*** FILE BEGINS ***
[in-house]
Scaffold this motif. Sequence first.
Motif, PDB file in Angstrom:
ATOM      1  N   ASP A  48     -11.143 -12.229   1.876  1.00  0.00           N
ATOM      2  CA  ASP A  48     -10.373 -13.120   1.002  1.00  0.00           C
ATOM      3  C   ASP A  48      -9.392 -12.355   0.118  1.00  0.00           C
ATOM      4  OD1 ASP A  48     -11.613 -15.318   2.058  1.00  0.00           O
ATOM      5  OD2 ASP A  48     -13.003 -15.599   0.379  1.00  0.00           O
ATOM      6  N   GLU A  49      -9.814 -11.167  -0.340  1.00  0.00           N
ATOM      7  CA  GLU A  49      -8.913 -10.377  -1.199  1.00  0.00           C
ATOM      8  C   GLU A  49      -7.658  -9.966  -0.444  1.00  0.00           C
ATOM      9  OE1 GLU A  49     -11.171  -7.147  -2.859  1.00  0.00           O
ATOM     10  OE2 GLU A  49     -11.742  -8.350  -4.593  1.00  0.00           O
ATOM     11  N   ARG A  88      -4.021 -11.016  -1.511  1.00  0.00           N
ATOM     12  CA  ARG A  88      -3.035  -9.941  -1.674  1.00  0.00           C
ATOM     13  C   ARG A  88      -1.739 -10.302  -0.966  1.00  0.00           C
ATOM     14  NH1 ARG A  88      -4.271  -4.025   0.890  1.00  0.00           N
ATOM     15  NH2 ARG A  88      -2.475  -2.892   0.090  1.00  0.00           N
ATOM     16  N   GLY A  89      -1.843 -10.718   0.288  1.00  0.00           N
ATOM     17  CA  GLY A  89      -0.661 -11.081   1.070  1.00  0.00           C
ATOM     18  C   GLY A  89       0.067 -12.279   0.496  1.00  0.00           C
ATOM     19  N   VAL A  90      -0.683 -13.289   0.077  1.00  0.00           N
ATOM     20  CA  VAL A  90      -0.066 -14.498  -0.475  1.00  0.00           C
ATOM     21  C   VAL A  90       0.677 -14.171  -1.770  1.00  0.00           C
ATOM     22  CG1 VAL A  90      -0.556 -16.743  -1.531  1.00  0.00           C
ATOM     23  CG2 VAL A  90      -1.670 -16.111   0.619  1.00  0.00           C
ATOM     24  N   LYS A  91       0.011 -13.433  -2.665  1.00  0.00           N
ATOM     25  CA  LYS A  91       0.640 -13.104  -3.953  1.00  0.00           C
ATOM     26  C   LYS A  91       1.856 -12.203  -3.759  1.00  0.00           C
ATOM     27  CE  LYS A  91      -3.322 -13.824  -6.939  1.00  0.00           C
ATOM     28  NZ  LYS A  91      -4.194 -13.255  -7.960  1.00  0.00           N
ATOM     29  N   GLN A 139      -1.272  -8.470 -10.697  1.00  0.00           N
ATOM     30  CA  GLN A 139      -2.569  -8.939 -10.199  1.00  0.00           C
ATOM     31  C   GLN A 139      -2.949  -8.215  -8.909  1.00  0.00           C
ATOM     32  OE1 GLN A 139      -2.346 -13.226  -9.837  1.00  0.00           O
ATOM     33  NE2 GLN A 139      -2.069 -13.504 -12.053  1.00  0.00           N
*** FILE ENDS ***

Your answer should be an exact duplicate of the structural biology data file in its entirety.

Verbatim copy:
[in-house]
Scaffold this motif. Sequence first.
Motif, PDB file in Angstrom:
ATOM      1  N   ASP A  48     -11.143 -12.229   1.876  1.00  0.00           N
ATOM      2  CA  ASP A  48     -10.373 -13.120   1.002  1.00  0.00           C
ATOM      3  C   ASP A  48      -9.392 -12.355   0.118  1.00  0.00           C
ATOM      4  OD1 ASP A  48     -11.613 -15.318   2.058  1.00  0.00           O
ATOM      5  OD2 ASP A  48     -13.003 -15.599   0.379  1.00  0.00           O
ATOM      6  N   GLU A  49      -9.814 -11.167  -0.340  1.00  0.00           N
ATOM      7  CA  GLU A  49      -8.913 -10.377  -1.199  1.00  0.00           C
ATOM      8  C   GLU A  49      -7.658  -9.966  -0.444  1.00  0.00           C
ATOM      9  OE1 GLU A  49     -11.171  -7.147  -2.859  1.00  0.00           O
ATOM     10  OE2 GLU A  49     -11.742  -8.350  -4.593  1.00  0.00           O
ATOM     11  N   ARG A  88      -4.021 -11.016  -1.511  1.00  0.00           N
ATOM     12  CA  ARG A  88      -3.035  -9.941  -1.674  1.00  0.00           C
ATOM     13  C   ARG A  88      -1.739 -10.302  -0.966  1.00  0.00           C
ATOM     14  NH1 ARG A  88      -4.271  -4.025   0.890  1.00  0.00           N
ATOM     15  NH2 ARG A  88      -2.475  -2.892   0.090  1.00  0.00           N
ATOM     16  N   GLY A  89      -1.843 -10.718   0.288  1.00  0.00           N
ATOM     17  CA  GLY A  89      -0.661 -11.081   1.070  1.00  0.00           C
ATOM     18  C   GLY A  89       0.067 -12.279   0.496  1.00  0.00           C
ATOM     19  N   VAL A  90      -0.683 -13.289   0.077  1.00  0.00           N
ATOM     20  CA  VAL A  90      -0.066 -14.498  -0.475  1.00  0.00           C
ATOM     21  C   VAL A  90       0.677 -14.171  -1.770  1.00  0.00           C
ATOM     22  CG1 VAL A  90      -0.556 -16.743  -1.531  1.00  0.00           C
ATOM     23  CG2 VAL A  90      -1.670 -16.111   0.619  1.00  0.00           C
ATOM     24  N   LYS A  91       0.011 -13.433  -2.665  1.00  0.00           N
ATOM     25  CA  LYS A  91       0.640 -13.104  -3.953  1.00  0.00           C
ATOM     26  C   LYS A  91       1.856 -12.203  -3.759  1.00  0.00           C
ATOM     27  CE  LYS A  91      -3.322 -13.824  -6.939  1.00  0.00           C
ATOM     28  NZ  LYS A  91      -4.194 -13.255  -7.960  1.00  0.00           N
ATOM     29  N   GLN A 139      -1.272  -8.470 -10.697  1.00  0.00           N
ATOM     30  CA  GLN A 139      -2.569  -8.939 -10.199  1.00  0.00           C
ATOM     31  C   GLN A 139      -2.949  -8.215  -8.909  1.00  0.00           C
ATOM     32  OE1 GLN A 139      -2.346 -13.226  -9.837  1.00  0.00           O
ATOM     33  NE2 GLN A 139      -2.069 -13.504 -12.053  1.00  0.00           N